Likud Knesset member Gideon Sa’ar is losing altitude. The gambit he set in motion on Saturday night, to hold snap party primaries, expired 24 hours later when the head of the Likud Central Committee Haim Katz, a political ally of Sa’ar, fell in line with Israeli Prime Minister Benjamin Netanyahu and agreed to convene a primary election in around six weeks, after the Knesset disperses.

For close to 24 hours, Sa’ar drew the attention of the political system, prodding his adversaries and causing the media, in its typically hostile-to-Netanyahu fashion, to focus mainly on him and the tumult he was instigating within his own party. Ultimately, however, what people will mostly remember from all this was his disloyalty in the moment of truth. Until now, his rivalry with Netanyahu generally benefited Sa’ar, perhaps even amplifying his status. The question is whether he crossed the line and will lose prestige from this point forward.

The difference between Sa’ar’s proposal to hold snap primaries within the 21 days the Knesset can still produce a government, and Netanyahu’s agreement with Katz to hold primaries after the Knesset disperses in 21 days, is great. Sa’ar sought to challenge Netanyahu for the party’s leadership and to receive the president’s mandate to form the next government.

The slogan for his campaign, which he effectively launched Saturday night, was that the Netanyahu era was over because the prime minister had essentially lost the ability to form a government. Whereas as party chairman he, Sa’ar, would not only increases the odds of keeping the Likud in power but would be certain to do so, due to the fact that Blue and White leader Benny Gantz, Labor leader Amir Peretz and other Likud rivals—including, apparently Yisrael Beiteinu head Avigdor Lieberman—scorn Netanyahu on a personal level, not his party.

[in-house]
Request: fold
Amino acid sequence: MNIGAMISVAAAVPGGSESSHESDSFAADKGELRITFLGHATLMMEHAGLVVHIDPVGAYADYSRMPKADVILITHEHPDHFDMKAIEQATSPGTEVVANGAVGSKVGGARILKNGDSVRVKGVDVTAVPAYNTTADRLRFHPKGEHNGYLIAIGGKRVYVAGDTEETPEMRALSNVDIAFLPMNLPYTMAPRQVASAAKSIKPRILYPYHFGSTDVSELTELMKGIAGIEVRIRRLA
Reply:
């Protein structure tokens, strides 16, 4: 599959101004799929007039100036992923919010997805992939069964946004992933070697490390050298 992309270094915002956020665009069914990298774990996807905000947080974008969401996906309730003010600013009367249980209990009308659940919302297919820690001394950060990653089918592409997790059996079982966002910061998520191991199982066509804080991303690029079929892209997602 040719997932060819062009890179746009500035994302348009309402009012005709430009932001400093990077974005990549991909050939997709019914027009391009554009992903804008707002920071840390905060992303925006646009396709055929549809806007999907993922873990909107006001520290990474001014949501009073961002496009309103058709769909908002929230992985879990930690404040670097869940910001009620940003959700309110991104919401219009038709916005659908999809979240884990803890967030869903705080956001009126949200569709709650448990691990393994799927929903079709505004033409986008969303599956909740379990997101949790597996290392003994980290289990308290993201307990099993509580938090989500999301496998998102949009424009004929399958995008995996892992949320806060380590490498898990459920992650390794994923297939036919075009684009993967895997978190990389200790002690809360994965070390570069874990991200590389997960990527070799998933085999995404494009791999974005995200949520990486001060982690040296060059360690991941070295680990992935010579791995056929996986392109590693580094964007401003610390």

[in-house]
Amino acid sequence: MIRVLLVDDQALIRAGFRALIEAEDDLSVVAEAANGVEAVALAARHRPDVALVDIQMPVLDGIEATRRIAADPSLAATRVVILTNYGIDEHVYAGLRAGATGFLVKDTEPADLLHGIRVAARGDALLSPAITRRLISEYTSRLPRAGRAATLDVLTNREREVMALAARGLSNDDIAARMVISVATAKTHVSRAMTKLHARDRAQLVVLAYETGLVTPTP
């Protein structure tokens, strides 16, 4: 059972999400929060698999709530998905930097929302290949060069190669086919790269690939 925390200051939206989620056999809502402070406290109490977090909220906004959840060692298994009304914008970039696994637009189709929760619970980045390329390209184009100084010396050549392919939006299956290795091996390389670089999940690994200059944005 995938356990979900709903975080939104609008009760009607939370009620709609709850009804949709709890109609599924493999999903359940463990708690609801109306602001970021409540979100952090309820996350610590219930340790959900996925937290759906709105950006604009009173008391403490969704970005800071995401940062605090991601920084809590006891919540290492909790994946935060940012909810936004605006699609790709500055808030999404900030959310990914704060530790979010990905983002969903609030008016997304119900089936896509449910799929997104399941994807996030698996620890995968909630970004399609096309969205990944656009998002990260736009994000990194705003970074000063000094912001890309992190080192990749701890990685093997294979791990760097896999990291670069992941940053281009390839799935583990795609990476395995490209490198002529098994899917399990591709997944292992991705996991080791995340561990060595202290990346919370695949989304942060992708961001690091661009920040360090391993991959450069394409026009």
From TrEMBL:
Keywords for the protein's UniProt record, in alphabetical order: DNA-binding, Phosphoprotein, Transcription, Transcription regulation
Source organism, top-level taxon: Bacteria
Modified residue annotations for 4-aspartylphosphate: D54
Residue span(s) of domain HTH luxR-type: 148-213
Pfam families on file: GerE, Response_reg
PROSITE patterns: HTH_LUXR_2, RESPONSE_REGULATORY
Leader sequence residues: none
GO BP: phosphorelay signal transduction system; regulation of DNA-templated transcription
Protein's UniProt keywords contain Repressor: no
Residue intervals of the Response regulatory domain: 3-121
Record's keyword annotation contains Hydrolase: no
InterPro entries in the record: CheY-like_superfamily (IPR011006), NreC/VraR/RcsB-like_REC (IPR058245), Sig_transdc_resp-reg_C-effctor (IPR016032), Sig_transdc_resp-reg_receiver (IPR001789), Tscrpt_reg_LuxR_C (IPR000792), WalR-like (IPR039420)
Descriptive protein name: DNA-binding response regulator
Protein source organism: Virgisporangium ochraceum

Hence Katz’s agreement with Netanyahu is no less than a slap in Sa’ar’s face. While the timing of the primaries he had called for would have worked in his favor—because he promised a government during a period in which Netanyahu cannot provide one—Netanyahu and Katz opted for a primary to determine who will lead the Likud in an election campaign. Not only does Netanyahu have the advantage in such a scenario, Sa’ar isn’t even a factor. There’s little doubt who Likudniks will support with a general election looming.

Netanyahu and Katz also agreed to annul the primaries to determine the party’s Knesset ticket. In this 21-day period it is important for Netanyahu to show his MKs that they have nothing to fear, so that none should feel the need to negotiate with Blue and White about defecting to save their political skins.

It’s possible this agreement will indeed hold firm until the general election, but no one should be shocked if after these 21 days, when the election campaign is sure to commence, changes will be made in this regard.

Mati Tuchfeld writes for Israel Hayom.

This article first appeared in Israel Hayom.

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